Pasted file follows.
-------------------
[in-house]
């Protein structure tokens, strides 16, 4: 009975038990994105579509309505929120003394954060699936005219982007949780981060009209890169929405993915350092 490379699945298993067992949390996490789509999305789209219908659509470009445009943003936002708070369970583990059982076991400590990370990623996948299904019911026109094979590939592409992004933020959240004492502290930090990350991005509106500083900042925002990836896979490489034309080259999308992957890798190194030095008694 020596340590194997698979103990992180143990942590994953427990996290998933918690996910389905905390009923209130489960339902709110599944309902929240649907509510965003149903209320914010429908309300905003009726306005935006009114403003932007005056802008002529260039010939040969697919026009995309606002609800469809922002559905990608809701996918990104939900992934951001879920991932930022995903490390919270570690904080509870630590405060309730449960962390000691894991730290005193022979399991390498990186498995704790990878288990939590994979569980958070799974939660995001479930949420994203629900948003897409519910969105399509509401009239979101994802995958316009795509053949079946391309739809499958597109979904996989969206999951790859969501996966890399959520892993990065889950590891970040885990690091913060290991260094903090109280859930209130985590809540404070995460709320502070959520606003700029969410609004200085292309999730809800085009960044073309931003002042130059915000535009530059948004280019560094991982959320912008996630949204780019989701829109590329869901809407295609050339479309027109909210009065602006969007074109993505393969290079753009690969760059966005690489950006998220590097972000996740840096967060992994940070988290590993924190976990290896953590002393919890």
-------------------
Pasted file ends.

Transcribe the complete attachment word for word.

[in-house]
């Protein structure tokens, strides 16, 4: 009975038990994105579509309505929120003394954060699936005219982007949780981060009209890169929405993915350092 490379699945298993067992949390996490789509999305789209219908659509470009445009943003936002708070369970583990059982076991400590990370990623996948299904019911026109094979590939592409992004933020959240004492502290930090990350991005509106500083900042925002990836896979490489034309080259999308992957890798190194030095008694 020596340590194997698979103990992180143990942590994953427990996290998933918690996910389905905390009923209130489960339902709110599944309902929240649907509510965003149903209320914010429908309300905003009726306005935006009114403003932007005056802008002529260039010939040969697919026009995309606002609800469809922002559905990608809701996918990104939900992934951001879920991932930022995903490390919270570690904080509870630590405060309730449960962390000691894991730290005193022979399991390498990186498995704790990878288990939590994979569980958070799974939660995001479930949420994203629900948003897409519910969105399509509401009239979101994802995958316009795509053949079946391309739809499958597109979904996989969206999951790859969501996966890399959520892993990065889950590891970040885990690091913060290991260094903090109280859930209130985590809540404070995460709320502070959520606003700029969410609004200085292309999730809800085009960044073309931003002042130059915000535009530059948004280019560094991982959320912008996630949204780019989701829109590329869901809407295609050339479309027109909210009065602006969007074109993505393969290079753009690969760059966005690489950006998220590097972000996740840096967060992994940070988290590993924190976990290896953590002393919890």